Selling of Britain’s gold
Gordon bails out banks with £500bn
Private Finance Initiative (PFI) and the NHS
UK owes £222bn to banks and businesses due to PFI

19. UKIP

I personally find it very difficult to tell the difference between UKIP and the conservatives except on a few points:

  • Instead of blaming the poor (via benefits) like the Conservatives, UKIP blames immigrants (via benefits and an imaginary strain on public services which is far more due to cuts than more people)
  • UKIP is genuinely nationalistic, whereas the Conservatives seem to just try to pretend they are nationalistic
  • UKIP MEPs have shown an admirable opposition to TTIP, whereas the Conservatives want to put ‘rocket boosters’ on it
  • UKIP opposes the idea of the EU, whereas the Conservatives are split on the issue

AAV: UKIP are not an alternative to the Tories

20. EU Politics

The EU is rather complicated.

I do not take my mandate from the European people.” – Cecilia Malmström, EU Trade Commissioner (oversees TTIP)

Studebaker: Is the Eurozone a German Empire?
Studebaker: EU referendum

British referendum on EU membership

It may be worth noting that if the vote goes in favour of leaving the EU, the Conservatives will be in the position to re-write all the laws that were currently upheld by being part of the EU. While you may not trust the EU, are the Conservatives more or less trustworthy than the EU? In addition, it is possible that TTIP may be legislated to only apply to countries within the EU, so if TTIP passed then we could later leave the EU to get rid of it. If we leave in the referendum however, the Conservatives will most likely seek a trade agreement with the US independently and then we will be screwed. If a new government is elected in 2020 (very likely due to incoming recession/depression), it is possible that the Conservatives would not have enough time to come up with a new trade deal in time. It is unknown whether this is a possible route to take as TTIP legislation is a tightly guarded secret.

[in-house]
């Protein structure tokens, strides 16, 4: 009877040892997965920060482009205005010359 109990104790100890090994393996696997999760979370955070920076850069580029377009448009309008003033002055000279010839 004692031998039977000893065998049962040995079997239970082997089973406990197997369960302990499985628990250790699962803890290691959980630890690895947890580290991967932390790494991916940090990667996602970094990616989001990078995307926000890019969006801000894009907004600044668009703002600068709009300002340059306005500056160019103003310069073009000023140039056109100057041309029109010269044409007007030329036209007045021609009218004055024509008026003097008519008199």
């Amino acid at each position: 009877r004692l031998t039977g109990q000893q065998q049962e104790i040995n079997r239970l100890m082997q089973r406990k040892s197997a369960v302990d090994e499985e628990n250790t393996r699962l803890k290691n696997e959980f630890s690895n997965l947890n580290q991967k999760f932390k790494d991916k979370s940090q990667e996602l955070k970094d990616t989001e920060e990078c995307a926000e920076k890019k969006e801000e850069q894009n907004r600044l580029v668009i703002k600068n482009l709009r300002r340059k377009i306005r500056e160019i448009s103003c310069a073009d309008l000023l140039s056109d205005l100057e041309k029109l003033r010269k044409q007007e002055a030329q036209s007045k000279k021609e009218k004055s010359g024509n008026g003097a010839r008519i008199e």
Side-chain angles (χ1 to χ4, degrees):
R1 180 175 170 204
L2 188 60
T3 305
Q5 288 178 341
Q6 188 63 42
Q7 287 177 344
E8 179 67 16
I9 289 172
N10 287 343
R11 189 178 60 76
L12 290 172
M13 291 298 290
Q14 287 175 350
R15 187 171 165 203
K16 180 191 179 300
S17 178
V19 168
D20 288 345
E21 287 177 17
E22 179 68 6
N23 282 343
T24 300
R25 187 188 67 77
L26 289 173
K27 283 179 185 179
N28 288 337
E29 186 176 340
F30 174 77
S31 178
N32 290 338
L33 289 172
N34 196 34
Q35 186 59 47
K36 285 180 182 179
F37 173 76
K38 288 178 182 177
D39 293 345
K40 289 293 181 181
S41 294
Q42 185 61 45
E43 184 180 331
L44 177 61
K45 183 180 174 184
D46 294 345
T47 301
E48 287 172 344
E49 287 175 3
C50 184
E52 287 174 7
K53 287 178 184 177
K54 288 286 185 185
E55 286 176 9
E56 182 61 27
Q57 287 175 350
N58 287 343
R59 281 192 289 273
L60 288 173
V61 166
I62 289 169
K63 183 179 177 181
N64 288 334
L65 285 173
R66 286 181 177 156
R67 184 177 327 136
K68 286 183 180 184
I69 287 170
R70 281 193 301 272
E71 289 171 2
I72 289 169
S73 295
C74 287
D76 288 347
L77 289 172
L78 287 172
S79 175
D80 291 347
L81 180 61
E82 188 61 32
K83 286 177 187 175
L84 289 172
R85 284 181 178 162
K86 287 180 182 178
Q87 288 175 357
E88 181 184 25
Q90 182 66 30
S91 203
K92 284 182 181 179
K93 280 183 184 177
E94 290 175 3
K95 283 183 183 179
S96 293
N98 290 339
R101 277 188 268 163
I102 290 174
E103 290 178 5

21. Greek Politics

The situation in Greece is an important point in the history of the Eurozone. Generally, such as in the US, a monetary union (using the same currency [Euro]), capital markets union and fiscal union (implementation of a treasury to distribution funds as necessary) are implemented simultaneously. However the Eurozone only consists of a monetary union, meaning that the members lose the benefits of having control over their currency making them far more susceptible to shocks such as the mother-load of all shocks, the Great Recession.